BlackBerry severs sales ties with T-Mobile
TORONTO (Reuters) - BlackBerry Ltd. said it would not renew a deal allowing T-Mobile US Inc to sell its products, a gamble by the smartphone maker as it struggles to stabilize its business under an aggressive new chief executive officer.
The move comes just six weeks after a public spat between the two companies, as T-Mobile offered its customers the Apple iPhone 5s for free in February and touted the promotion as "great offer for BlackBerry customers."
A backlash to the iPhone offer prompted T-Mobile US Chief Executive John Legere to respond, assuring Blackberry and its users of his company's support. Chen, in a blog post at the time, criticized T-Mobile for running the promotion.
In a statement late Tuesday, BlackBerry said it would continue to provide service to existing customers on T-Mobile's network or those who buy products from the carrier's remaining inventory.
"BlackBerry has had a positive relationship with T-Mobile for many years," BlackBerry CEO John Chen said in a brief statement. "Regretfully, at this time, our strategies are not complementary, and we must act in the best interest of our BlackBerry customers. We hope to work with T-Mobile again in the future when our business strategies are aligned."
BlackBerry did not elaborate on why it was ending its relationship with T-Mobile U.S., the fourth-largest wireless carrier in the United States. T-Mobile could not immediately be reached for comment.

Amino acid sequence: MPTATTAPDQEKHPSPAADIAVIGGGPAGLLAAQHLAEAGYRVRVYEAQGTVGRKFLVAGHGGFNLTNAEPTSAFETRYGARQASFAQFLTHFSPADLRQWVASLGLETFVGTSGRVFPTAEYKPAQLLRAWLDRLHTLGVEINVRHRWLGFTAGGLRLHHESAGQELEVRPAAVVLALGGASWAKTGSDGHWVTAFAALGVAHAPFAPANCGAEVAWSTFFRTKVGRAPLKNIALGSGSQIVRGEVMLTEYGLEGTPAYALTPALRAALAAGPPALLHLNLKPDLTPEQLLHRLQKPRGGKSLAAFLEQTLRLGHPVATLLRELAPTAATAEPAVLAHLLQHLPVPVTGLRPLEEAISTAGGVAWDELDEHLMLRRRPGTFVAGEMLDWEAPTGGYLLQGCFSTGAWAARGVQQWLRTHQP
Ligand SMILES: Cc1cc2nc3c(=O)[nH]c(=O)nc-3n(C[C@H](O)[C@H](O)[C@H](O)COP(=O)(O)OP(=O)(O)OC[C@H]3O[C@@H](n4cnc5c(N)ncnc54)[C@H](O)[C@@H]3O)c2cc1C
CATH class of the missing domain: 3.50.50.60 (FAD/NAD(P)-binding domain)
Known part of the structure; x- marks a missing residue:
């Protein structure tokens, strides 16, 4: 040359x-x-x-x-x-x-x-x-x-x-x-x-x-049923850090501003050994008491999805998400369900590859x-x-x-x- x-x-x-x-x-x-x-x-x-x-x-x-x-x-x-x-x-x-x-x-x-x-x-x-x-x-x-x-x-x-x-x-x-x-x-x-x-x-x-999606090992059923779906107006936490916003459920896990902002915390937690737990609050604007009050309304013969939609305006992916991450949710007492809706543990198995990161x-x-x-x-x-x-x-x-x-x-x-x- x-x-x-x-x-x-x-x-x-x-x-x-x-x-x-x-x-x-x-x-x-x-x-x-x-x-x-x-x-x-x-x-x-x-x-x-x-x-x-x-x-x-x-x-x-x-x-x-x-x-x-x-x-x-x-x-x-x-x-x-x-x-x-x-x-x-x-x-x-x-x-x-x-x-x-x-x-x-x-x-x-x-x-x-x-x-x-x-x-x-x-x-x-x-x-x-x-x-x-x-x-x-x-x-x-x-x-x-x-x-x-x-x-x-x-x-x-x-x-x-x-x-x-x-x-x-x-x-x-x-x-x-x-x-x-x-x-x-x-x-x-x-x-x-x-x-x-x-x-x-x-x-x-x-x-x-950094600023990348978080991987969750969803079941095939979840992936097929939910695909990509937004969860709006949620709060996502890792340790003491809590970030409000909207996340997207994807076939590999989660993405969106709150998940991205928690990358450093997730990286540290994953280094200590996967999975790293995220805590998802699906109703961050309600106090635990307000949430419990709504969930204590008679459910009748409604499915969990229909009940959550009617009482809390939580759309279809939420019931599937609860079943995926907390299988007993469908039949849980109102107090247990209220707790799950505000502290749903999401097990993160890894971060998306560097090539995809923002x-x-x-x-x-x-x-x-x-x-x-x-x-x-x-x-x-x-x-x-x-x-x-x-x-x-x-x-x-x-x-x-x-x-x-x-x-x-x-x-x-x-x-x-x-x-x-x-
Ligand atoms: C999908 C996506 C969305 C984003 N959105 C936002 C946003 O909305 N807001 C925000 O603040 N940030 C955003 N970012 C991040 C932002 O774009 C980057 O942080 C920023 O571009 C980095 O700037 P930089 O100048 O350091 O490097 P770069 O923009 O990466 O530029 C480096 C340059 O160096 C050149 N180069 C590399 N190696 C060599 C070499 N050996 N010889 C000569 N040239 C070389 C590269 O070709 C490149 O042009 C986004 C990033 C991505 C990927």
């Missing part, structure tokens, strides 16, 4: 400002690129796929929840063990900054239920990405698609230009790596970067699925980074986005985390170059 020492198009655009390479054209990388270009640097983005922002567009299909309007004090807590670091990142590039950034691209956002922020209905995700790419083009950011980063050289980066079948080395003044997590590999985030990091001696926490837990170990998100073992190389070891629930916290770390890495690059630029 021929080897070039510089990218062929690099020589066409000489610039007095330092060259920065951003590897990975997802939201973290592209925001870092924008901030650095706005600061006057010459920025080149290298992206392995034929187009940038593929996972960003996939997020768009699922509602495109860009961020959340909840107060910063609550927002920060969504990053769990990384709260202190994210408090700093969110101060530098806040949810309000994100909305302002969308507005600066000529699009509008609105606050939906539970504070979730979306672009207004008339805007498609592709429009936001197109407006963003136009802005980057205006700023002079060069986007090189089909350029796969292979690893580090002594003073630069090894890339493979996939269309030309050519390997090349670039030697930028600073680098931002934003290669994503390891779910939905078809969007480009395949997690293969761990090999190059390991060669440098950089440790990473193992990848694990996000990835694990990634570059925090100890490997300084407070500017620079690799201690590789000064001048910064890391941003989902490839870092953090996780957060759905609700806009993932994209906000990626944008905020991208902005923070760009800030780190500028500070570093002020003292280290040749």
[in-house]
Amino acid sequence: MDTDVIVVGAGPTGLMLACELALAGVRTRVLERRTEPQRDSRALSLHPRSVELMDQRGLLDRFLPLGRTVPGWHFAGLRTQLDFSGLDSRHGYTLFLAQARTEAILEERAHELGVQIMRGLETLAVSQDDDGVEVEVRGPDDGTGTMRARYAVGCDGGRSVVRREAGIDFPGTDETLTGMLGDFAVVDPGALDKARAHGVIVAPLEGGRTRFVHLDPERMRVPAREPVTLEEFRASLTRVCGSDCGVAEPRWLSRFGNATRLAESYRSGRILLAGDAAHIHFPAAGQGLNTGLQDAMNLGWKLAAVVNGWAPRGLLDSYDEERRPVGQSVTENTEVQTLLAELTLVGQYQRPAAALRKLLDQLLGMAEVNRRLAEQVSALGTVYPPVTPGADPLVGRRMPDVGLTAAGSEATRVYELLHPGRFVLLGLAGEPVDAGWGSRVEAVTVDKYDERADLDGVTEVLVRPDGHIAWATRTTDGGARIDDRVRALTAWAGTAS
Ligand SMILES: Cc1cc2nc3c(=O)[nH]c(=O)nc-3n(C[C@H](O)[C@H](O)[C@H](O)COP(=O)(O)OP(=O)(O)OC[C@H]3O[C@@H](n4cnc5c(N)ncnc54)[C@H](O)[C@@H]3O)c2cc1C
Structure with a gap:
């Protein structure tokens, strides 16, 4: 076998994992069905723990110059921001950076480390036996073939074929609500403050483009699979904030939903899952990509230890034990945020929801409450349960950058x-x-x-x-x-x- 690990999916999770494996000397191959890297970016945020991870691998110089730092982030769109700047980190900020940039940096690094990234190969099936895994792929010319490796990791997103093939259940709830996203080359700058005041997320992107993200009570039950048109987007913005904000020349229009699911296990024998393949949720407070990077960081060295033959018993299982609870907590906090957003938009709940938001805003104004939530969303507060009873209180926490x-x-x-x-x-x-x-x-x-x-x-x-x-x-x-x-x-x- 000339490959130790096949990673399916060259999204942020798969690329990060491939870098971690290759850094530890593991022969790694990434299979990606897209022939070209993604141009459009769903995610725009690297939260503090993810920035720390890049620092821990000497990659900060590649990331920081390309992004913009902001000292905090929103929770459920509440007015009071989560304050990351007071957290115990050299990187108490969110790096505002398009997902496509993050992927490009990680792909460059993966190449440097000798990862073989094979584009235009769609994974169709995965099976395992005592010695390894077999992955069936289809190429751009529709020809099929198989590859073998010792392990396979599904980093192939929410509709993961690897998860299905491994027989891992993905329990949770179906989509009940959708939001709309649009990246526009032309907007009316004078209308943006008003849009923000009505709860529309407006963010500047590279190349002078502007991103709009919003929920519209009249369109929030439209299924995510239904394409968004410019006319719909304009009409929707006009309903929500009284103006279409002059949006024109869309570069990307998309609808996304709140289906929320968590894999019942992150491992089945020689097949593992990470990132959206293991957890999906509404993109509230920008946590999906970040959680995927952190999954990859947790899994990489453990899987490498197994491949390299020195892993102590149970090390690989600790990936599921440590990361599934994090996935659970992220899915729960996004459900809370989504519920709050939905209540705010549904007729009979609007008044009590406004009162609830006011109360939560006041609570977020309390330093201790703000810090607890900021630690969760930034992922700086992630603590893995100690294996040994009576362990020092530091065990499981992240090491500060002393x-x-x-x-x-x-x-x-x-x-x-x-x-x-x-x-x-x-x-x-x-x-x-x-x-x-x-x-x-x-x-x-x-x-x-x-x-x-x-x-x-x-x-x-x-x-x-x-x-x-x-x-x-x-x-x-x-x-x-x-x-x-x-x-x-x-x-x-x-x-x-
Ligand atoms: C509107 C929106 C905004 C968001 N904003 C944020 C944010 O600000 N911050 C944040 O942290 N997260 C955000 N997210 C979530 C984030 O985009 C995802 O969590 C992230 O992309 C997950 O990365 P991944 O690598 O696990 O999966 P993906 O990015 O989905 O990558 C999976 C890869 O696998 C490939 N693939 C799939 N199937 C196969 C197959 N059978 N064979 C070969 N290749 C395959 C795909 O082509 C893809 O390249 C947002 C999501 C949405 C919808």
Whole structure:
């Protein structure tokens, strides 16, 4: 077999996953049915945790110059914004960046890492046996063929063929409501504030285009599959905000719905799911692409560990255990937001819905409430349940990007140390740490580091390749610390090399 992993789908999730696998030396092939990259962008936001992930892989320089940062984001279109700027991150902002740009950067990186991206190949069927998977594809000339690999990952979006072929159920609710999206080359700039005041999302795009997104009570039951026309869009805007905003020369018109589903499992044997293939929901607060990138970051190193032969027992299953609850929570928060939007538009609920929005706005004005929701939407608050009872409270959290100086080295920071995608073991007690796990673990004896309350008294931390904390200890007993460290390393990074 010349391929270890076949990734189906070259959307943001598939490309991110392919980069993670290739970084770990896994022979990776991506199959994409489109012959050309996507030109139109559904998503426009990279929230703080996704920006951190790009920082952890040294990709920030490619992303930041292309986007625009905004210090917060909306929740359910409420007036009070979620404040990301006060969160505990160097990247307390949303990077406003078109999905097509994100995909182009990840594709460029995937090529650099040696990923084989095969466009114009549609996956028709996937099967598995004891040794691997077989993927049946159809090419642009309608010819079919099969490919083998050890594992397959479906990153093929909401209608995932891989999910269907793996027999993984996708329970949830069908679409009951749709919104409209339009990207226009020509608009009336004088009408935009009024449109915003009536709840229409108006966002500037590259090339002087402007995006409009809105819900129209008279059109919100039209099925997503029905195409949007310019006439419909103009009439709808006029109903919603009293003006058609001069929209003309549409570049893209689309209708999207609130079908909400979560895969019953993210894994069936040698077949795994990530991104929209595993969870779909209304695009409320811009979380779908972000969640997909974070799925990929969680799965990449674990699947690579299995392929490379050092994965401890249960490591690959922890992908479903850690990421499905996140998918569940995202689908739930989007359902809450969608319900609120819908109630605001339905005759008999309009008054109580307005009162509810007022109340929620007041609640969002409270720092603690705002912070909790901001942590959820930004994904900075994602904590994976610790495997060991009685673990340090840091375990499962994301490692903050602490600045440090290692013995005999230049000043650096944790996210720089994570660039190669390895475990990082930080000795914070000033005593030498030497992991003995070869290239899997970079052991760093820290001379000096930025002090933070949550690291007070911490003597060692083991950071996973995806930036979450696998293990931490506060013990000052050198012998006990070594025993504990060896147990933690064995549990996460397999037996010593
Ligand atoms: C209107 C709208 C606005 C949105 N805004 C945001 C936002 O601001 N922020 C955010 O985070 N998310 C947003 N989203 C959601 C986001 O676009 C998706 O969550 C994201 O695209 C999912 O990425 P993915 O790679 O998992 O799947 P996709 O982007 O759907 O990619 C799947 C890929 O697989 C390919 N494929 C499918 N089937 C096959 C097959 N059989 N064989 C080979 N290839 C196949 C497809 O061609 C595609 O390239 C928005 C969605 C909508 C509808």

The phone maker said it was working closely with other carrier partners to provide users with alternatives in case they decide to switch from T-Mobile.
The three largest U.S. wireless carriers - Verizon Wireless, AT&T Inc and Sprint Corp - continue to sell BlackBerry devices.
The decision highlights a more combative stance since Chen took charge of the Waterloo, Ontario-based company late last year, and a focus on cutting costs in its sales channel.
During a roundtable with media at BlackBerry headquarters last week, Chen said the company had done much of the internal cost-trimming he had targeted when he took charge in November, and further cuts would come within its sales channels.
"Now I am onto the next part of the cost (cutting), which is the distribution costs of our product," he said at the time.
Chen didn't provide details but hinted that some of the company's carriers and distributors were getting a significant cut on the devices sold, which was squeezing its profit margins.
BlackBerry had dominated the smartphone market until about four years ago, but its market share has dwindled as it failed to keep pace with Apple Inc's iPhone, Samsung Electronics Ltd.'s line of Galaxy devices and devices powered by Google Inc's Android operating system.
A new line of BlackBerry 10 devices introduced last year flopped, and Chen has begun to shift the company's emphasis away from hardware sales and toward managing smartphone services.